Both tug and barge have long histories, although they were extensively rebuilt in 2002. Perhaps their age had more to do with the situation than anything else.
K-Sea Canada is an offshoot of the US K-Sea Corp which was taken over by another large operator in 2001, Kirby Corp, and is now one of, if not the largest tug/barge operator in the US.

On Friday November 16, the tug and barge sailed from Halifax, still flying the Canadian flag, and giving Freeport, Bahamas as its destination. Of note, V-Ships Canada appears to be managing the tug/barge. They also manage CSL ships among many others world-wide. 

Sunday, November 11, 2012

Intrepid Sea bows out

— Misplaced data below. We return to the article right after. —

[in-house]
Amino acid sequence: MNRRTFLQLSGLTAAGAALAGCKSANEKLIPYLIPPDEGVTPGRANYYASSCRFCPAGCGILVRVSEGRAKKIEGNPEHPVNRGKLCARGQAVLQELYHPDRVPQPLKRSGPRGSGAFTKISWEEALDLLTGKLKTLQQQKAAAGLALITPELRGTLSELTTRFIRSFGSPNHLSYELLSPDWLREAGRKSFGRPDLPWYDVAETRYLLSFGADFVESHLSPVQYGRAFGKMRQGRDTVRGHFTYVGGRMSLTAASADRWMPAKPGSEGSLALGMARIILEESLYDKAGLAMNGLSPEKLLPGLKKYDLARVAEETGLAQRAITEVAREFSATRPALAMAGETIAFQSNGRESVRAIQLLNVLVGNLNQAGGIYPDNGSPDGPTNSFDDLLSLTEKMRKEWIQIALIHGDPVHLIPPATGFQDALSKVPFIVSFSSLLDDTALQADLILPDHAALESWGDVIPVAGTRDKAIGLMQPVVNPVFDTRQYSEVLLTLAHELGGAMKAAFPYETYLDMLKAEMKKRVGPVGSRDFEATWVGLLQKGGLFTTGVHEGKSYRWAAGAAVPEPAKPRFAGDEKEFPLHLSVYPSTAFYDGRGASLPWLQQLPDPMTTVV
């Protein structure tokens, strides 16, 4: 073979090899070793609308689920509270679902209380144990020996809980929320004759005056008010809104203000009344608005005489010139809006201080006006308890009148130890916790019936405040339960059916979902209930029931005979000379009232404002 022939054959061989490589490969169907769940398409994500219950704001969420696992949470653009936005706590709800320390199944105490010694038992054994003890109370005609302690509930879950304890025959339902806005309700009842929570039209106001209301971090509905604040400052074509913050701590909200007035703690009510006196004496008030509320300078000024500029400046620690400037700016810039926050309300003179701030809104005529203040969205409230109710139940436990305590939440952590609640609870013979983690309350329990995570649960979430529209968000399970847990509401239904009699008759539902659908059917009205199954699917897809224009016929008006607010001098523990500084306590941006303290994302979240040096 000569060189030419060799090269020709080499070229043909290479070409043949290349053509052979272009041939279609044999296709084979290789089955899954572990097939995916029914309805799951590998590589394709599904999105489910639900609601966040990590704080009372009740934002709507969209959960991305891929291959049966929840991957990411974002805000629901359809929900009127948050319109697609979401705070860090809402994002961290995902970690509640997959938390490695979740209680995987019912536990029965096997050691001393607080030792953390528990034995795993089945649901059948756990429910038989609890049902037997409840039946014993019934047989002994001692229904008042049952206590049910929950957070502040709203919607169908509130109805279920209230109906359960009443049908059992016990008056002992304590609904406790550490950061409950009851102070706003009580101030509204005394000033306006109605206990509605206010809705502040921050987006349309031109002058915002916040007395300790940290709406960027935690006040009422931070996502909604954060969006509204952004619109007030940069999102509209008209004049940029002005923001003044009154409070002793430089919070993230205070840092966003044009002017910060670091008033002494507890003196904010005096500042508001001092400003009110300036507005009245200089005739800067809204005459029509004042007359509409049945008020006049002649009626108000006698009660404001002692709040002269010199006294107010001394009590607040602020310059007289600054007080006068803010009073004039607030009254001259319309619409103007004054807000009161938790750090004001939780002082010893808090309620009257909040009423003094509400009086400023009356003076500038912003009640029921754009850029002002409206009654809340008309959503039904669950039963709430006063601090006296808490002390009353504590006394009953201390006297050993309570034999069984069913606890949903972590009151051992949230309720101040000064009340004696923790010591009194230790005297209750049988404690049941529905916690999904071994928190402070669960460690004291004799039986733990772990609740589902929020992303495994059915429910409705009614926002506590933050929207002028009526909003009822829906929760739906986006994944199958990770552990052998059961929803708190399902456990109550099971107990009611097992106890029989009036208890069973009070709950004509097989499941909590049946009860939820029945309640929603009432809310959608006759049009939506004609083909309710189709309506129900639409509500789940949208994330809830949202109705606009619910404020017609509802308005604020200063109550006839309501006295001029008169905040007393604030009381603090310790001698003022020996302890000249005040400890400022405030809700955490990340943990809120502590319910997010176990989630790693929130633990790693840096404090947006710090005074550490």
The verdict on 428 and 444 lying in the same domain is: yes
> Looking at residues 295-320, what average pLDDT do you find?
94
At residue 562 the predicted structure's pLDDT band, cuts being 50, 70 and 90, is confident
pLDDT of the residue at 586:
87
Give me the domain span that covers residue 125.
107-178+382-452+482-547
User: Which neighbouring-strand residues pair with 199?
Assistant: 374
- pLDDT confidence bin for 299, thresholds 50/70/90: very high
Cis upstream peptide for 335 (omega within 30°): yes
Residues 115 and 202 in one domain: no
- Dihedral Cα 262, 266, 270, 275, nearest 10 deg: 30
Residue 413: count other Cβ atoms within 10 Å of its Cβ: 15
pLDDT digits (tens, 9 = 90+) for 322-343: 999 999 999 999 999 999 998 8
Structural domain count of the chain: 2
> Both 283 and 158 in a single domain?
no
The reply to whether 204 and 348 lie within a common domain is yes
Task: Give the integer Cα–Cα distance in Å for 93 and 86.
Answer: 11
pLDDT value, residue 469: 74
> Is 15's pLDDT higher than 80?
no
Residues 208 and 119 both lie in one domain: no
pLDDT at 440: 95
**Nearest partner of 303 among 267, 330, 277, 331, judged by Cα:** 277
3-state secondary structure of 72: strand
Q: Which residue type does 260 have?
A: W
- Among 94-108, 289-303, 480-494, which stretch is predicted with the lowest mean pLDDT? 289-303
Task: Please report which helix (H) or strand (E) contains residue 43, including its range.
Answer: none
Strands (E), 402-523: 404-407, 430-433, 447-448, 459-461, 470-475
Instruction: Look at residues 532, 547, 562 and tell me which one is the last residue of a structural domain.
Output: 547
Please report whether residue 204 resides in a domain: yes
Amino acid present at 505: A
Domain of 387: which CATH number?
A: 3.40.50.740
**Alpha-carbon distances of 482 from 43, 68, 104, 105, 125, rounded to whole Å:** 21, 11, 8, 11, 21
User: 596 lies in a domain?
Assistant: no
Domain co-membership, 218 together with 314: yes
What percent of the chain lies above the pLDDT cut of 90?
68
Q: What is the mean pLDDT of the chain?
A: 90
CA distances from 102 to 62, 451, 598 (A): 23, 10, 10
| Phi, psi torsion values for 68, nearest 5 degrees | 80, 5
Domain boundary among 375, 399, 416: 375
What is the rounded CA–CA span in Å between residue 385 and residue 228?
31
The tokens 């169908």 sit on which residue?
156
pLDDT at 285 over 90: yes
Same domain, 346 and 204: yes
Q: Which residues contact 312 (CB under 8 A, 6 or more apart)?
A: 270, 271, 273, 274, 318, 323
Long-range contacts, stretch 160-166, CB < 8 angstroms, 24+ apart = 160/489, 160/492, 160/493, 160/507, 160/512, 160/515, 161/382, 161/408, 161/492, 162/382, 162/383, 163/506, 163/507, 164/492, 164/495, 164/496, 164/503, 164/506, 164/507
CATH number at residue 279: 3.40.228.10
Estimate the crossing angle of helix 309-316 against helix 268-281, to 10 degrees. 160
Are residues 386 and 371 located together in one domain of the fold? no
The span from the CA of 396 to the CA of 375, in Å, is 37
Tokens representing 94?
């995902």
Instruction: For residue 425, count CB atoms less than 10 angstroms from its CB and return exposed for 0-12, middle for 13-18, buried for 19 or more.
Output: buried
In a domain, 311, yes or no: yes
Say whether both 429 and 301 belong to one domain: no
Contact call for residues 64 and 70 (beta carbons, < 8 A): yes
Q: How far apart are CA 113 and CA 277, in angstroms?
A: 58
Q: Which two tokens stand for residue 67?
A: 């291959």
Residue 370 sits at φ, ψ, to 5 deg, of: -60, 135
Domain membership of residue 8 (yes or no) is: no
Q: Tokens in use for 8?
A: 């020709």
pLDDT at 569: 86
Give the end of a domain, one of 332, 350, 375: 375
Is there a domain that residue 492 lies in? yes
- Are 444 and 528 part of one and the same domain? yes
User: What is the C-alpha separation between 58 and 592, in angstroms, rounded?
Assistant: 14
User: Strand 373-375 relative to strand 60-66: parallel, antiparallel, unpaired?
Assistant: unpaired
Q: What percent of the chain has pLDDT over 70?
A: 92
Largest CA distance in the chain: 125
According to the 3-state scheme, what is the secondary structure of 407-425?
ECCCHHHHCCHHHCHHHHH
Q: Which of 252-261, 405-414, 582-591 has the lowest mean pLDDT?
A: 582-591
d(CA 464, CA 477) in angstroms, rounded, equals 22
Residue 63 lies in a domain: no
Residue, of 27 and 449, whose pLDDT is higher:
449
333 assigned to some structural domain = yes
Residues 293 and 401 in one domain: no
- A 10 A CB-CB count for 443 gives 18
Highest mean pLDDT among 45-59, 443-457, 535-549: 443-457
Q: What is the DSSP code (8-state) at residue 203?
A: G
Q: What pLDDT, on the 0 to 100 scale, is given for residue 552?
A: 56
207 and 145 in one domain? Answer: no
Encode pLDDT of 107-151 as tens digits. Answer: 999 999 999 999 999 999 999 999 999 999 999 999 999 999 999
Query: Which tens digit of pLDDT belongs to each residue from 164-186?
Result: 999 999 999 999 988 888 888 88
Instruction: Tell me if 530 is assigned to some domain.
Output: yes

The supplier Intrepid Sea (ex Sable Sea-02, Neftegaz 29-98) left port under cover of darkness tonight in tow of Atlantic Elm.
The former Russian supplier had been idle in Halifax since arriving here in tow November 15, 2001. Various parts had been cannibalized to assist in the conversion and repair of former fleet mates in the Secunda fleet, and the ship had been moved around to various locations in the port. It had been laid up most recently at Pier 9A.
In May of this year its Canadian registry was closed and it has since been referred to as N-29. Whether it is registered at present it is hard to know since it flies no flag nor displays any port of registry.
Its history has been given here before, so will not be repeated, but it is apparent that with the recent buyout of McDermott Canada Ltd by local management, the ship had no future with Secunda.
The ship's destination was given as Boston, with an arrival date of November 13.  Once in Boston, it is my assumption that it will be handed over to a US tug for onward towage to its final destination for scrap, likely Brownsville, TX.